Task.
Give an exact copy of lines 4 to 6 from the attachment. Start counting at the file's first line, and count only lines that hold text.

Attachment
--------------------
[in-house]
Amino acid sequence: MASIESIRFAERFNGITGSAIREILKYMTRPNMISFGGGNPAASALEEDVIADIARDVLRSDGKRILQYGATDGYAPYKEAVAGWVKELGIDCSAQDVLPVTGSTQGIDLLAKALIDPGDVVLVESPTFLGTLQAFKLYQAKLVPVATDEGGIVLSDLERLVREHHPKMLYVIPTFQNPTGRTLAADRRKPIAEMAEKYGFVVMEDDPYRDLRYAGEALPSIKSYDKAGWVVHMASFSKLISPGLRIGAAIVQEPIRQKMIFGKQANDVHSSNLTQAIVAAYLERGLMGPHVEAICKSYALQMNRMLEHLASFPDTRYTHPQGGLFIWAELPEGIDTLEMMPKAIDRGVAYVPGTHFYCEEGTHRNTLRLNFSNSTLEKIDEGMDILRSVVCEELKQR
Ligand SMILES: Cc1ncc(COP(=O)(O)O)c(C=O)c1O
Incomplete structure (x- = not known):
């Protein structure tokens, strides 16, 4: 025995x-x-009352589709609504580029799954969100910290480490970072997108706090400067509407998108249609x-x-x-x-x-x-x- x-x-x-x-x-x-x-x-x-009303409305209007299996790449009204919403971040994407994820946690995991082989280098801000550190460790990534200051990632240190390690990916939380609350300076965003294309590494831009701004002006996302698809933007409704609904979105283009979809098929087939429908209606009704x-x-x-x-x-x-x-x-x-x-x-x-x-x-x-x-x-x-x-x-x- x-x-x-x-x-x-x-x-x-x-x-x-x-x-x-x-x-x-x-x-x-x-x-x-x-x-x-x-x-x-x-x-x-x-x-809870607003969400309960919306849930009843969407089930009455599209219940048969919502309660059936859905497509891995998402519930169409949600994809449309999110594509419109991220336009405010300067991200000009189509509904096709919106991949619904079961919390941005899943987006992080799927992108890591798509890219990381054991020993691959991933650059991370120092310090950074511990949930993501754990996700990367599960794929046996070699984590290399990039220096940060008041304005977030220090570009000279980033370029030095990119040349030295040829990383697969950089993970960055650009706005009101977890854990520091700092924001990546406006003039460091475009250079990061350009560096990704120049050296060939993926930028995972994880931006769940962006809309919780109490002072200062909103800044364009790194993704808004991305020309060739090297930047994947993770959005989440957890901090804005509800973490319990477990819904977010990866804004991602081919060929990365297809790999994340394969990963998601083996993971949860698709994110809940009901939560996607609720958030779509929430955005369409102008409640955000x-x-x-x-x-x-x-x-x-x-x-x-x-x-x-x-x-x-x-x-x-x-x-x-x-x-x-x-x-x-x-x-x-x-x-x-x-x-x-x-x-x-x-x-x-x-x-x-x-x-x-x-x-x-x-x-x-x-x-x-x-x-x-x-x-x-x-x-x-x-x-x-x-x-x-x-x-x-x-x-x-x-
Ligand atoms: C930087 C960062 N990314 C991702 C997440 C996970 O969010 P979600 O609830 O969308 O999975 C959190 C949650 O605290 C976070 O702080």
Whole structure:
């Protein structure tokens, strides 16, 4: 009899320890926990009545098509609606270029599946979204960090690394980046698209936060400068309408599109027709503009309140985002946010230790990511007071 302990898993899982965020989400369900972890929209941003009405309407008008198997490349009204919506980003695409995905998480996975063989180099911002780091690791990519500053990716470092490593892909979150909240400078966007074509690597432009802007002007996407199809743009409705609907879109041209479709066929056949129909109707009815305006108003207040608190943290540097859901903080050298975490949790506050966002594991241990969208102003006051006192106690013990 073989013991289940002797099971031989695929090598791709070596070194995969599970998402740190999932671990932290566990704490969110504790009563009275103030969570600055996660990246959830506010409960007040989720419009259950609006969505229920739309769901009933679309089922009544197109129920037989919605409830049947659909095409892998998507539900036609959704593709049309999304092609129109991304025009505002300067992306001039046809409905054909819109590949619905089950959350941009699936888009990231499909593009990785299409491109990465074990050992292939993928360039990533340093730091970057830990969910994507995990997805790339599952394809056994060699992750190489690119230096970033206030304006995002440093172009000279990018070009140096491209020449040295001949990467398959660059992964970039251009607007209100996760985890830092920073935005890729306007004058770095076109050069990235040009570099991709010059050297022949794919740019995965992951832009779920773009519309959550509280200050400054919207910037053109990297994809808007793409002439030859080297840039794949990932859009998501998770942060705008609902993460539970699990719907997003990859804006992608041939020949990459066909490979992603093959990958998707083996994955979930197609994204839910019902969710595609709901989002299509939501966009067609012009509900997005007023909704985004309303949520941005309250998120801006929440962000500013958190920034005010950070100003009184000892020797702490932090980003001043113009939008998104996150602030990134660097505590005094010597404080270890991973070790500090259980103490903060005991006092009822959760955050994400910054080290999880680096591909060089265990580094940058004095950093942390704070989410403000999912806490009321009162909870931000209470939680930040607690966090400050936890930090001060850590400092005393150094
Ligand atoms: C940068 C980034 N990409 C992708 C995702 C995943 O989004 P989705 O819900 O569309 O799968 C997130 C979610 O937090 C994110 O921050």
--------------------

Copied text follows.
Incomplete structure (x- = not known):
């Protein structure tokens, strides 16, 4: 025995x-x-009352589709609504580029799954969100910290480490970072997108706090400067509407998108249609x-x-x-x-x-x-x- x-x-x-x-x-x-x-x-x-009303409305209007299996790449009204919403971040994407994820946690995991082989280098801000550190460790990534200051990632240190390690990916939380609350300076965003294309590494831009701004002006996302698809933007409704609904979105283009979809098929087939429908209606009704x-x-x-x-x-x-x-x-x-x-x-x-x-x-x-x-x-x-x-x-x- x-x-x-x-x-x-x-x-x-x-x-x-x-x-x-x-x-x-x-x-x-x-x-x-x-x-x-x-x-x-x-x-x-x-x-809870607003969400309960919306849930009843969407089930009455599209219940048969919502309660059936859905497509891995998402519930169409949600994809449309999110594509419109991220336009405010300067991200000009189509509904096709919106991949619904079961919390941005899943987006992080799927992108890591798509890219990381054991020993691959991933650059991370120092310090950074511990949930993501754990996700990367599960794929046996070699984590290399990039220096940060008041304005977030220090570009000279980033370029030095990119040349030295040829990383697969950089993970960055650009706005009101977890854990520091700092924001990546406006003039460091475009250079990061350009560096990704120049050296060939993926930028995972994880931006769940962006809309919780109490002072200062909103800044364009790194993704808004991305020309060739090297930047994947993770959005989440957890901090804005509800973490319990477990819904977010990866804004991602081919060929990365297809790999994340394969990963998601083996993971949860698709994110809940009901939560996607609720958030779509929430955005369409102008409640955000x-x-x-x-x-x-x-x-x-x-x-x-x-x-x-x-x-x-x-x-x-x-x-x-x-x-x-x-x-x-x-x-x-x-x-x-x-x-x-x-x-x-x-x-x-x-x-x-x-x-x-x-x-x-x-x-x-x-x-x-x-x-x-x-x-x-x-x-x-x-x-x-x-x-x-x-x-x-x-x-x-x-
Ligand atoms: C930087 C960062 N990314 C991702 C997440 C996970 O969010 P979600 O609830 O969308 O999975 C959190 C949650 O605290 C976070 O702080």